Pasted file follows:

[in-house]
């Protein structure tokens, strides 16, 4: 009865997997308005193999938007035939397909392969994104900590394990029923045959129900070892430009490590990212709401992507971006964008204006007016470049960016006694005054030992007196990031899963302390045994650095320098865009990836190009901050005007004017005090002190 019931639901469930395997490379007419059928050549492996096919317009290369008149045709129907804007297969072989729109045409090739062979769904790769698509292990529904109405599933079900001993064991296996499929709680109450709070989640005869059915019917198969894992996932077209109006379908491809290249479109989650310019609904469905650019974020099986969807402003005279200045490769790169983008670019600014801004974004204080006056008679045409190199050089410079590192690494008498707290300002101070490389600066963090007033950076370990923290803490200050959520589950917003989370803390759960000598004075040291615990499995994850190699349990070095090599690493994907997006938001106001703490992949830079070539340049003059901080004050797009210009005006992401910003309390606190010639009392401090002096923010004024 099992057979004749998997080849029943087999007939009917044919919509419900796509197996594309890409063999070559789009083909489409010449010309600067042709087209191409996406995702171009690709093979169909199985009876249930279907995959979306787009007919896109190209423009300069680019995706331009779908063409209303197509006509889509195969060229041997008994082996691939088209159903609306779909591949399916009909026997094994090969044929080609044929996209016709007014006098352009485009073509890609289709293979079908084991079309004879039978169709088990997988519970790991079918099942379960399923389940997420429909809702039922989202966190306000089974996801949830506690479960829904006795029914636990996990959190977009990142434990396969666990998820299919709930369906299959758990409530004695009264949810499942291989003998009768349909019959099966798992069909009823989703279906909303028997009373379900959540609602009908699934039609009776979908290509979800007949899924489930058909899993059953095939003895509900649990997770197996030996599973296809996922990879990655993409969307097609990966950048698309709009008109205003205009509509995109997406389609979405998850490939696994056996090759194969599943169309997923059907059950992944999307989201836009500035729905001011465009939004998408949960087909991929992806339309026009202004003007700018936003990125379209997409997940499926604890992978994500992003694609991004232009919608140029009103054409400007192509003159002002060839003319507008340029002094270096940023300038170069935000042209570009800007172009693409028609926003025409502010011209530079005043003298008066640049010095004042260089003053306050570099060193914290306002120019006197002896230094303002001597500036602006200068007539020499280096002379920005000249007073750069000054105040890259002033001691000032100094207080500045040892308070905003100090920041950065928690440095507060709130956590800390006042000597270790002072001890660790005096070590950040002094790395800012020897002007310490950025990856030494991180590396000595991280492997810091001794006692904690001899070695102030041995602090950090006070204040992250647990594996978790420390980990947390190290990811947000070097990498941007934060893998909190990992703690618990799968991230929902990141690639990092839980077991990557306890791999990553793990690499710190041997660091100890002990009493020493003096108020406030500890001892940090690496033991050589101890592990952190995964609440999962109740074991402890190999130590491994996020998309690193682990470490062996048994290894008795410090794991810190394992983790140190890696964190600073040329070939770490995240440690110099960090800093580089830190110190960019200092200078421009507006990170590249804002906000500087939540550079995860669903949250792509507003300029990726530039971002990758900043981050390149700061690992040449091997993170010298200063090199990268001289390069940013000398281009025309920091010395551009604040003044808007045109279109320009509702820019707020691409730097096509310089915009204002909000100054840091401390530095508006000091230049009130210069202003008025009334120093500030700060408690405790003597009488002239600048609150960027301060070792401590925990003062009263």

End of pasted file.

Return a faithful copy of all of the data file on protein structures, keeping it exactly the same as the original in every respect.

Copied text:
[in-house]
């Protein structure tokens, strides 16, 4: 009865997997308005193999938007035939397909392969994104900590394990029923045959129900070892430009490590990212709401992507971006964008204006007016470049960016006694005054030992007196990031899963302390045994650095320098865009990836190009901050005007004017005090002190 019931639901469930395997490379007419059928050549492996096919317009290369008149045709129907804007297969072989729109045409090739062979769904790769698509292990529904109405599933079900001993064991296996499929709680109450709070989640005869059915019917198969894992996932077209109006379908491809290249479109989650310019609904469905650019974020099986969807402003005279200045490769790169983008670019600014801004974004204080006056008679045409190199050089410079590192690494008498707290300002101070490389600066963090007033950076370990923290803490200050959520589950917003989370803390759960000598004075040291615990499995994850190699349990070095090599690493994907997006938001106001703490992949830079070539340049003059901080004050797009210009005006992401910003309390606190010639009392401090002096923010004024 099992057979004749998997080849029943087999007939009917044919919509419900796509197996594309890409063999070559789009083909489409010449010309600067042709087209191409996406995702171009690709093979169909199985009876249930279907995959979306787009007919896109190209423009300069680019995706331009779908063409209303197509006509889509195969060229041997008994082996691939088209159903609306779909591949399916009909026997094994090969044929080609044929996209016709007014006098352009485009073509890609289709293979079908084991079309004879039978169709088990997988519970790991079918099942379960399923389940997420429909809702039922989202966190306000089974996801949830506690479960829904006795029914636990996990959190977009990142434990396969666990998820299919709930369906299959758990409530004695009264949810499942291989003998009768349909019959099966798992069909009823989703279906909303028997009373379900959540609602009908699934039609009776979908290509979800007949899924489930058909899993059953095939003895509900649990997770197996030996599973296809996922990879990655993409969307097609990966950048698309709009008109205003205009509509995109997406389609979405998850490939696994056996090759194969599943169309997923059907059950992944999307989201836009500035729905001011465009939004998408949960087909991929992806339309026009202004003007700018936003990125379209997409997940499926604890992978994500992003694609991004232009919608140029009103054409400007192509003159002002060839003319507008340029002094270096940023300038170069935000042209570009800007172009693409028609926003025409502010011209530079005043003298008066640049010095004042260089003053306050570099060193914290306002120019006197002896230094303002001597500036602006200068007539020499280096002379920005000249007073750069000054105040890259002033001691000032100094207080500045040892308070905003100090920041950065928690440095507060709130956590800390006042000597270790002072001890660790005096070590950040002094790395800012020897002007310490950025990856030494991180590396000595991280492997810091001794006692904690001899070695102030041995602090950090006070204040992250647990594996978790420390980990947390190290990811947000070097990498941007934060893998909190990992703690618990799968991230929902990141690639990092839980077991990557306890791999990553793990690499710190041997660091100890002990009493020493003096108020406030500890001892940090690496033991050589101890592990952190995964609440999962109740074991402890190999130590491994996020998309690193682990470490062996048994290894008795410090794991810190394992983790140190890696964190600073040329070939770490995240440690110099960090800093580089830190110190960019200092200078421009507006990170590249804002906000500087939540550079995860669903949250792509507003300029990726530039971002990758900043981050390149700061690992040449091997993170010298200063090199990268001289390069940013000398281009025309920091010395551009604040003044808007045109279109320009509702820019707020691409730097096509310089915009204002909000100054840091401390530095508006000091230049009130210069202003008025009334120093500030700060408690405790003597009488002239600048609150960027301060070792401590925990003062009263």